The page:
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Oregon Legislature Announces More Than $153 Million Budget Framework to Address Behavioral Health Crisis

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From the Offices of the House Speaker

and Senate President



Date: June 20, 2023

Hazel Tylinski, [email protected]

Connor Radnovich, [email protected]

 The Behavioral Health Care Delivery Budget framework builds on 2021-2022 investments, stabilizes mobile crisis response funding and coordination between care centers and response systems

SALEM, Ore. – Today, legislative leaders announced a $153 million Behavioral Health Care Delivery Budget Framework. These investments will help strengthen the state’s behavioral health workforce, stabilize mobile crisis funding, and support response and recovery resources to ensure access to high-quality, affordable services for everyone who needs them.

Part of this framework is House Bill 2757, which passed out of the House Revenue Committee on Tuesday. The bill will expand and build on American Rescue Plan Act (ARPA) funding and programming for 9-8-8, the national suicide prevention hotline number launched in Oregon in summer 2022—a critical resource for Oregonians experiencing mental health crises.

The 2023-2025 Behavioral Health Budget framework builds off of the $1.3 billion down payment the legislature made in the 2021-2022 biennium.

“To respond to the needs in our behavioral health system we must invest in community-based services for Oregonians with acute needs,” said Senate Majority Leader Kate Lieber (D – Beaverton and SW Portland). “Expanding access requires a continued commitment to improving infrastructure, bolstering successful community models and expanding the workforce.”

“Oregonians were clear that we need to get people the appropriate, high quality, and affordable care they need,” said Representative Rob Nosse (D – Inner SE & Inner NE Portland). “Behavioral health is not one-size-fits-all, and there is no one way to approach it. But with this amazing budget package, we’re investing in key parts of Oregon’s infrastructure to meet people where they are.”

Investments include:

  • $2.6 million for recovery schools (House Bill 2767)
  • $37.1 million for Oregon Health Authority programming (SB 5525), including:
    • $15 million for construction of additional substance use disorder (SUD) facility capacity
    • $7 million for Civil commitment services through Community Mental Health (CMHP) Programs
    • $6 million for transitional case management services for houseless patients released from the Oregon State Hospital
    • $6 million to expand the Health Care Provider Incentive Program (HCPIP)
    • $3.1 million to advance training opportunities for pediatricians and child psychiatrists
  • House Bill 2757 – dedicating funding for the 9-8-8, the suicide prevention and behavioral health crisis hotline
  • House Bill 5026 – Higher Education Coordinating Commission
    • $5.4 million – OHSU Mission Control for behavioral health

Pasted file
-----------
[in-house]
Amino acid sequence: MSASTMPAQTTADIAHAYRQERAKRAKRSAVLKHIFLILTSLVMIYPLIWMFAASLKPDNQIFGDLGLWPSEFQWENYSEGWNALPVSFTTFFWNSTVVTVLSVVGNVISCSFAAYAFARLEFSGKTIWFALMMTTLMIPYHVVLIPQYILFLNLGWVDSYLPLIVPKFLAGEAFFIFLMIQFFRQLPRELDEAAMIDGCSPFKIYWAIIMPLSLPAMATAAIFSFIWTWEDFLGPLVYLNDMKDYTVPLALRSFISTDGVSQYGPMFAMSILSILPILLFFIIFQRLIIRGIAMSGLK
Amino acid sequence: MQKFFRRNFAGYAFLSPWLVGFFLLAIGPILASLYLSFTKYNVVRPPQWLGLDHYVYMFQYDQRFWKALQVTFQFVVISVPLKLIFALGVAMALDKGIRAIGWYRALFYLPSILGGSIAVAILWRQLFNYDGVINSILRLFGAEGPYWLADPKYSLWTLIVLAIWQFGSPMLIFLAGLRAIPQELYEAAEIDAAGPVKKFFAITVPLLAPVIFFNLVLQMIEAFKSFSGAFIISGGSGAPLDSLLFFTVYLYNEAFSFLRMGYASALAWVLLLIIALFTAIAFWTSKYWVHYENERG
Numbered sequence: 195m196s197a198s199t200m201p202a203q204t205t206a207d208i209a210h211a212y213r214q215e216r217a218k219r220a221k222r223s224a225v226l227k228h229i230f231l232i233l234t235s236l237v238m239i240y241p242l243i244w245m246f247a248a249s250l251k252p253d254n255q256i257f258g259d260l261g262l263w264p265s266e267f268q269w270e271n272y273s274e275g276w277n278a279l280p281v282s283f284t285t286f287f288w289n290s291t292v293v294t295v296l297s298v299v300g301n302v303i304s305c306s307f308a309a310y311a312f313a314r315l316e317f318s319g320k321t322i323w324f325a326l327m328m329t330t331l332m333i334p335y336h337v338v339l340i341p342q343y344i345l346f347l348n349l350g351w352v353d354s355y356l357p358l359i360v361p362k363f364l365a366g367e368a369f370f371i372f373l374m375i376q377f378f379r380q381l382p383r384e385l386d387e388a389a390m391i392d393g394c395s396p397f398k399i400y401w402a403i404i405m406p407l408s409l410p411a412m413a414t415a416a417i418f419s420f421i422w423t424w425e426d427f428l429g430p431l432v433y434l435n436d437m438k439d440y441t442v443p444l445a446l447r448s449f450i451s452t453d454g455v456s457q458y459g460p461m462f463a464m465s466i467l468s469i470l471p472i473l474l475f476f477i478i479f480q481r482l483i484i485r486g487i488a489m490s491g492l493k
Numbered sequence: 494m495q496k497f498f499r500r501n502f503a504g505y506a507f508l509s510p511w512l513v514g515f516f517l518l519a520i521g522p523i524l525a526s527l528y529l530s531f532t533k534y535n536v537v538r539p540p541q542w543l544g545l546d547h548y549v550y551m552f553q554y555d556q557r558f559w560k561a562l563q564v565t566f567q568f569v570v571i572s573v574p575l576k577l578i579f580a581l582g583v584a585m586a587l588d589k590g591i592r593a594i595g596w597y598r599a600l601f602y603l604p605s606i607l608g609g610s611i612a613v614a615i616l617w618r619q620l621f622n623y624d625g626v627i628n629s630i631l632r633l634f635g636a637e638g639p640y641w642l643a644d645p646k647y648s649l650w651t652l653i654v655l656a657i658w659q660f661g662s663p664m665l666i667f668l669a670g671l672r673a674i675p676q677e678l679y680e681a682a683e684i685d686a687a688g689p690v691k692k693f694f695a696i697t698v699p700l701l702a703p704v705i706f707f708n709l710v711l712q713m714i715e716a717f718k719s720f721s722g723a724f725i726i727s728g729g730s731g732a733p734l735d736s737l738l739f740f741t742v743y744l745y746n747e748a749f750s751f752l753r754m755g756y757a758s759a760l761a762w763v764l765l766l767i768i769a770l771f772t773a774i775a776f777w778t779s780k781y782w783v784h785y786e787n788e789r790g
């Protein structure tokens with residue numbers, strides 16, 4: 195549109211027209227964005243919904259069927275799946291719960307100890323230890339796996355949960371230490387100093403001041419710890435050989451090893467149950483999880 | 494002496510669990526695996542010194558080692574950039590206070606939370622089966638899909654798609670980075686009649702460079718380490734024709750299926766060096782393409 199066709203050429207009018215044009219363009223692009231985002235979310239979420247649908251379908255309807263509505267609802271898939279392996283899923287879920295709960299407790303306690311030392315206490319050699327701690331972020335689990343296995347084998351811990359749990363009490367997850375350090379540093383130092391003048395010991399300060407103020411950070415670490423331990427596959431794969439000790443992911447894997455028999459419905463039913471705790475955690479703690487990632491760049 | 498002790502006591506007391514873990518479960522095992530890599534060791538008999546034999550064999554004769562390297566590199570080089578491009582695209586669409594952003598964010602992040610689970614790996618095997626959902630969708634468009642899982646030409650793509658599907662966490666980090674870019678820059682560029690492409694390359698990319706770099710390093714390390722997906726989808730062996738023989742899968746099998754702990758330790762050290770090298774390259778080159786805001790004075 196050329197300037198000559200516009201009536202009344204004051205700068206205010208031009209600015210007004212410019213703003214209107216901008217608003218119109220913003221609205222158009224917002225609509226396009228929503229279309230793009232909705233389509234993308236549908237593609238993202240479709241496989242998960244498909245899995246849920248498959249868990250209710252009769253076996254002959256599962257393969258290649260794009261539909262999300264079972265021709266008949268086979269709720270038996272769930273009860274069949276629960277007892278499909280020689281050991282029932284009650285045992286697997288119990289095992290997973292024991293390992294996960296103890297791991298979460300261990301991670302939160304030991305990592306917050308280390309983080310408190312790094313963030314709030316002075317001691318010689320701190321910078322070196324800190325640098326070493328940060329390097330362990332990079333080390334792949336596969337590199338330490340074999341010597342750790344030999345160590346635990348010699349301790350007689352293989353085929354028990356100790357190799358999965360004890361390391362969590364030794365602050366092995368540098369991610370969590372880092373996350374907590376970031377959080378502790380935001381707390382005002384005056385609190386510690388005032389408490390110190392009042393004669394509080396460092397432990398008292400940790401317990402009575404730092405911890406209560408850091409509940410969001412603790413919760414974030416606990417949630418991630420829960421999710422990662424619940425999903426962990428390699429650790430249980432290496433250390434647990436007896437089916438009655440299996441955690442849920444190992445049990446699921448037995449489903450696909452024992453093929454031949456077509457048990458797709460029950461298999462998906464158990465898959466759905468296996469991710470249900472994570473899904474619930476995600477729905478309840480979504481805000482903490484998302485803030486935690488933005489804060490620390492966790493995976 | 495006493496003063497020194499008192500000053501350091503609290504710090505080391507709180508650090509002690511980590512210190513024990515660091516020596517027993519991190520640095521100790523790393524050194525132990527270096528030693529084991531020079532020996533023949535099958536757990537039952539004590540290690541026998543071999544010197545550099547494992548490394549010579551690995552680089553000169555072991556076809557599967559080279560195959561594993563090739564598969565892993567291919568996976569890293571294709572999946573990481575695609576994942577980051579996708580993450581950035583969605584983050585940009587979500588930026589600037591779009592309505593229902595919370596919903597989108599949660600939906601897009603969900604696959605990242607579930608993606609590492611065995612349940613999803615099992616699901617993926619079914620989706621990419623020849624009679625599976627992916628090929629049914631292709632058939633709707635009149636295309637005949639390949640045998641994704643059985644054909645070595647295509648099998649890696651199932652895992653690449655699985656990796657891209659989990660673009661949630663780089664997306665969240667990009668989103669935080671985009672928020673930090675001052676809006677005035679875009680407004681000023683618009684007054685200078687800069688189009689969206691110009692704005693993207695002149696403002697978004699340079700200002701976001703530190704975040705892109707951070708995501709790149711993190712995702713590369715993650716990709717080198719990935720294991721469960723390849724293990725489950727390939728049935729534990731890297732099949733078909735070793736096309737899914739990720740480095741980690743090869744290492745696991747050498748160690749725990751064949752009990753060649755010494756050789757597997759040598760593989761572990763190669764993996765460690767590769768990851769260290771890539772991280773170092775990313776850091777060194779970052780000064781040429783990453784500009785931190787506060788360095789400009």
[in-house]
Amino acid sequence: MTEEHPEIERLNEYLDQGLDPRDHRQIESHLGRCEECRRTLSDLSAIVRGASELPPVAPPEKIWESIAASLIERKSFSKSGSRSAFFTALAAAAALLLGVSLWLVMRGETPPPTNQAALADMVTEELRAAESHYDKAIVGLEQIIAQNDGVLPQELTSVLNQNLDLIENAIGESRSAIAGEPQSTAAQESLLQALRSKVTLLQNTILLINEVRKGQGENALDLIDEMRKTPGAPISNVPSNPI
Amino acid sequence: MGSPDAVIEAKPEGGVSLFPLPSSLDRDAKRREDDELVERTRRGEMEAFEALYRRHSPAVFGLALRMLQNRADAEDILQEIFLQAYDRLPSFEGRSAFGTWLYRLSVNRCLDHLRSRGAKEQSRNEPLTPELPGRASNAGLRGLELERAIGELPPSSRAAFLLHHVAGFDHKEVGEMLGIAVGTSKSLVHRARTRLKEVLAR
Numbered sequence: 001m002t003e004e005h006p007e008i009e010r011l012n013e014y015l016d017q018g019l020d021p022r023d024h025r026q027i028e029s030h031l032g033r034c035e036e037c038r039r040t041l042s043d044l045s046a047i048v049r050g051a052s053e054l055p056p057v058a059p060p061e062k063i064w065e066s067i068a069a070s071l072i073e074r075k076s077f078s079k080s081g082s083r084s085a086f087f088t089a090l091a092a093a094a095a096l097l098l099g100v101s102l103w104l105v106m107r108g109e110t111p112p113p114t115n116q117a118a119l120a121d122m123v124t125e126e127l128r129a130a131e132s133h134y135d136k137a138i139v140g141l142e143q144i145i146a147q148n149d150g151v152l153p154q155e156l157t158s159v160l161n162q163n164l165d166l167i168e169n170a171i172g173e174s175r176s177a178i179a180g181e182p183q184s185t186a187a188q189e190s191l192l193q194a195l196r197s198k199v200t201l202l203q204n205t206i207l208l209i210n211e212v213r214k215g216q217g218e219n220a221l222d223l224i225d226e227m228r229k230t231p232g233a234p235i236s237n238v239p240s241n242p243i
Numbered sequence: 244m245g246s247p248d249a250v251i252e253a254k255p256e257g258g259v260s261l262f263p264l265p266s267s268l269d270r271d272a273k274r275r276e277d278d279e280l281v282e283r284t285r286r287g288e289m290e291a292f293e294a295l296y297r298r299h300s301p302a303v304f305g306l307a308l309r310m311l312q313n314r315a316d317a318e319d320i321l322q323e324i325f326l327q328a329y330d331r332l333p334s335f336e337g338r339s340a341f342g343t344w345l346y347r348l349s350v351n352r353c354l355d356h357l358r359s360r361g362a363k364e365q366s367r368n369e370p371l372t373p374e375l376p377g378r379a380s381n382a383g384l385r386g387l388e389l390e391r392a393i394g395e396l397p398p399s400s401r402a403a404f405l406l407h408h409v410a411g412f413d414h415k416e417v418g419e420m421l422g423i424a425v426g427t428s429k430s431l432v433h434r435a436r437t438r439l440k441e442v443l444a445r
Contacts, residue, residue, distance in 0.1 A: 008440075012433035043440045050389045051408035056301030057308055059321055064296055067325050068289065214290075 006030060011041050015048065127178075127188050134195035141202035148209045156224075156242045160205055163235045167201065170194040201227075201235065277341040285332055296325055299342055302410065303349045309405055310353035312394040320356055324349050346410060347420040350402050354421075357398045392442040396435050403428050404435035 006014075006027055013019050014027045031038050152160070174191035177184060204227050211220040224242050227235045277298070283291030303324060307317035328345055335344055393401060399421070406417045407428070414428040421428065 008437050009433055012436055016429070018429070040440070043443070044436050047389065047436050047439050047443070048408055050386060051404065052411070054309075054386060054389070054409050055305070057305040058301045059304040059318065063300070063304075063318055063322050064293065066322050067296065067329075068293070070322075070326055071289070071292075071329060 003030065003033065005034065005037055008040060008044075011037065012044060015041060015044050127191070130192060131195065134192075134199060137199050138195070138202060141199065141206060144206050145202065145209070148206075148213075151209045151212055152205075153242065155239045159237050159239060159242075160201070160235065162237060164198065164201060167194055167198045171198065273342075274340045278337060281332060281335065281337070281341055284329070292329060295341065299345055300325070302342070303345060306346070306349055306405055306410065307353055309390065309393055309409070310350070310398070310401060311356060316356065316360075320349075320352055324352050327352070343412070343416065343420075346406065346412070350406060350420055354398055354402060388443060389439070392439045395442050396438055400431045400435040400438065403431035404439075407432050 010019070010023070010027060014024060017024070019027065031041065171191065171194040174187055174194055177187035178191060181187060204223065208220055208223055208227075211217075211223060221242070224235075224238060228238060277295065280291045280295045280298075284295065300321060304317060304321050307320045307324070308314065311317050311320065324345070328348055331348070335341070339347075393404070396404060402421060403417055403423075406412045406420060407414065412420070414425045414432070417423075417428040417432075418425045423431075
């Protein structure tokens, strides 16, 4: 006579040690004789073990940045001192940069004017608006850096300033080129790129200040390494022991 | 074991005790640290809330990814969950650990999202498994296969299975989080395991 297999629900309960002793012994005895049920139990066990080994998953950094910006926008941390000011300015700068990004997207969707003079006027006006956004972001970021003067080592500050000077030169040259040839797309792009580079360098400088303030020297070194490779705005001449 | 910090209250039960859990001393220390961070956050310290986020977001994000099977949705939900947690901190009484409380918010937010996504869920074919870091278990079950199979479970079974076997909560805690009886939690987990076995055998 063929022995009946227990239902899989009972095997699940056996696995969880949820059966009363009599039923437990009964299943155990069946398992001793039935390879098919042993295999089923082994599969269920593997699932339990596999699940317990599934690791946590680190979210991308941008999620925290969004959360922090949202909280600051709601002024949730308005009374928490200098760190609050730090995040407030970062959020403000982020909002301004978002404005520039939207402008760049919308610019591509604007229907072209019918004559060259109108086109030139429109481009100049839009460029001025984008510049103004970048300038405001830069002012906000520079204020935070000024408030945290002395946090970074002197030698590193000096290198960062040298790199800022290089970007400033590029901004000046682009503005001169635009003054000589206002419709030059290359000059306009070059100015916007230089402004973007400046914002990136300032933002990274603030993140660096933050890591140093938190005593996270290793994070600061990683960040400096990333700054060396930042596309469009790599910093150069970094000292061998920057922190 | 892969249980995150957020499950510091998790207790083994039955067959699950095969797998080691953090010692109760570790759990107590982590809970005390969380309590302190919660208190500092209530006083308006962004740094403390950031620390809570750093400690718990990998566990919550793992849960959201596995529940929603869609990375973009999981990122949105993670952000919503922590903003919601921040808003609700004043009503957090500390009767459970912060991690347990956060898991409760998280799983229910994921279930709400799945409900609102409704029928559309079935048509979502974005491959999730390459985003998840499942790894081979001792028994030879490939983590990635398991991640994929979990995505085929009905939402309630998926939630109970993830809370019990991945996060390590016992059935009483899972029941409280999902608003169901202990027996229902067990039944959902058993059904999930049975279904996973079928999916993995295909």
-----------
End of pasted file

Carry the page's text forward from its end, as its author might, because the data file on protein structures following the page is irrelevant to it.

• $10 million through the Criminal Justice Commission to fund justice-involved mental health or substance abuse disorders (IMPACTS) grants (Senate Bill 5506)
  • $4.9 million to Oregon Health Authority to fund jail diversion through CMHPs (Senate Bill 5506)
  • $3 million for Department of Administrative Services to resource the Community Based Mental Health Services Risk Pool (Senate Bill 5506)
  • $50 million to build out physical and provider capacity within the behavioral health system
  • $40 million Other Funds limitation for opioid settlement investment in the 2023-25 biennium

Many of these bills have already passed the floor or are part of various policy bundles, highlighting the intersectionality of our work to address the behavioral health crisis from multiple angles this session.

“As a Registered Nurse, I have seen people of all different backgrounds, needs, and states come into care centers,” said Representative Travis Nelson (D – N & NE Portland), vice chair of the Behavioral Health and Healthcare Committee and a State Hospital Board Member. “This budget means we can get people individualized, equitable care no matter who they are, where they live, or how much they make.”

Additional funding will be set aside for increased Medicaid reimbursement rates for behavioral health services to support the rising costs and high demand for care, with the goal of increasing access to high-quality services throughout Oregon. By leveraging an existing and steady stream of funding, we can ensure certainty for providers, and in turn, for patients and their families.

“Oregonians are calling out for greater investment in behavioral health,” said Senator Wlnsvey Campos (D – Aloha). “This package will provide meaningful relief to Oregonians with behavioral health needs and their families, by improving access to life saving and life changing care.”

“Behavioral health crises deserve appropriate, timely, and expert response,” said Representative Tawna Sanchez (D – N & NE Portland), co-chair of Joint Ways and Means. “This 988 allocation is a step in the right direction towards institutionalizing mobile crisis response funding.”

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